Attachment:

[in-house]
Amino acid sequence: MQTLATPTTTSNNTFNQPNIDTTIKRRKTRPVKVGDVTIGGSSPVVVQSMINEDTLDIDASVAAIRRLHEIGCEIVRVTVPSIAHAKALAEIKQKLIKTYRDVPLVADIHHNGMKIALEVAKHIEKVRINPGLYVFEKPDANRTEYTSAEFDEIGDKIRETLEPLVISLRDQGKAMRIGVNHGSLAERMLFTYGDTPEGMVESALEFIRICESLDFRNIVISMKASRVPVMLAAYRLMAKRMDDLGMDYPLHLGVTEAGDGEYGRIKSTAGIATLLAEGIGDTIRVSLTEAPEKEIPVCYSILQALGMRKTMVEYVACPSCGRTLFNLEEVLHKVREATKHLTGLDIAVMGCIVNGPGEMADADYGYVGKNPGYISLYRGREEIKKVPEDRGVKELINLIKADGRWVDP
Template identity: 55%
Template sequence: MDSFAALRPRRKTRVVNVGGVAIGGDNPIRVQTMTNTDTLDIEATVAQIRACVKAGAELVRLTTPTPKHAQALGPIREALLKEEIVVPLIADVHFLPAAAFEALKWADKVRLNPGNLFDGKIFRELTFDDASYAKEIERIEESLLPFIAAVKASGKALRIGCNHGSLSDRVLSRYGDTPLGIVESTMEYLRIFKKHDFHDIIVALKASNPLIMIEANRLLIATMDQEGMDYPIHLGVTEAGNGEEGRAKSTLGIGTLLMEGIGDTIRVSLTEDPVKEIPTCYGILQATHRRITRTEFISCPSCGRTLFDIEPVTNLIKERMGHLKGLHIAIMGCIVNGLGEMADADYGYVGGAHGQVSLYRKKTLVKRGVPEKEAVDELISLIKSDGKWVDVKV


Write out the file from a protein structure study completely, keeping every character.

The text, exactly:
[in-house]
Amino acid sequence: MQTLATPTTTSNNTFNQPNIDTTIKRRKTRPVKVGDVTIGGSSPVVVQSMINEDTLDIDASVAAIRRLHEIGCEIVRVTVPSIAHAKALAEIKQKLIKTYRDVPLVADIHHNGMKIALEVAKHIEKVRINPGLYVFEKPDANRTEYTSAEFDEIGDKIRETLEPLVISLRDQGKAMRIGVNHGSLAERMLFTYGDTPEGMVESALEFIRICESLDFRNIVISMKASRVPVMLAAYRLMAKRMDDLGMDYPLHLGVTEAGDGEYGRIKSTAGIATLLAEGIGDTIRVSLTEAPEKEIPVCYSILQALGMRKTMVEYVACPSCGRTLFNLEEVLHKVREATKHLTGLDIAVMGCIVNGPGEMADADYGYVGKNPGYISLYRGREEIKKVPEDRGVKELINLIKADGRWVDP
Template identity: 55%
Template sequence: MDSFAALRPRRKTRVVNVGGVAIGGDNPIRVQTMTNTDTLDIEATVAQIRACVKAGAELVRLTTPTPKHAQALGPIREALLKEEIVVPLIADVHFLPAAAFEALKWADKVRLNPGNLFDGKIFRELTFDDASYAKEIERIEESLLPFIAAVKASGKALRIGCNHGSLSDRVLSRYGDTPLGIVESTMEYLRIFKKHDFHDIIVALKASNPLIMIEANRLLIATMDQEGMDYPIHLGVTEAGNGEEGRAKSTLGIGTLLMEGIGDTIRVSLTEDPVKEIPTCYGILQATHRRITRTEFISCPSCGRTLFDIEPVTNLIKERMGHLKGLHIAIMGCIVNGLGEMADADYGYVGGAHGQVSLYRKKTLVKRGVPEKEAVDELISLIKSDGKWVDVKV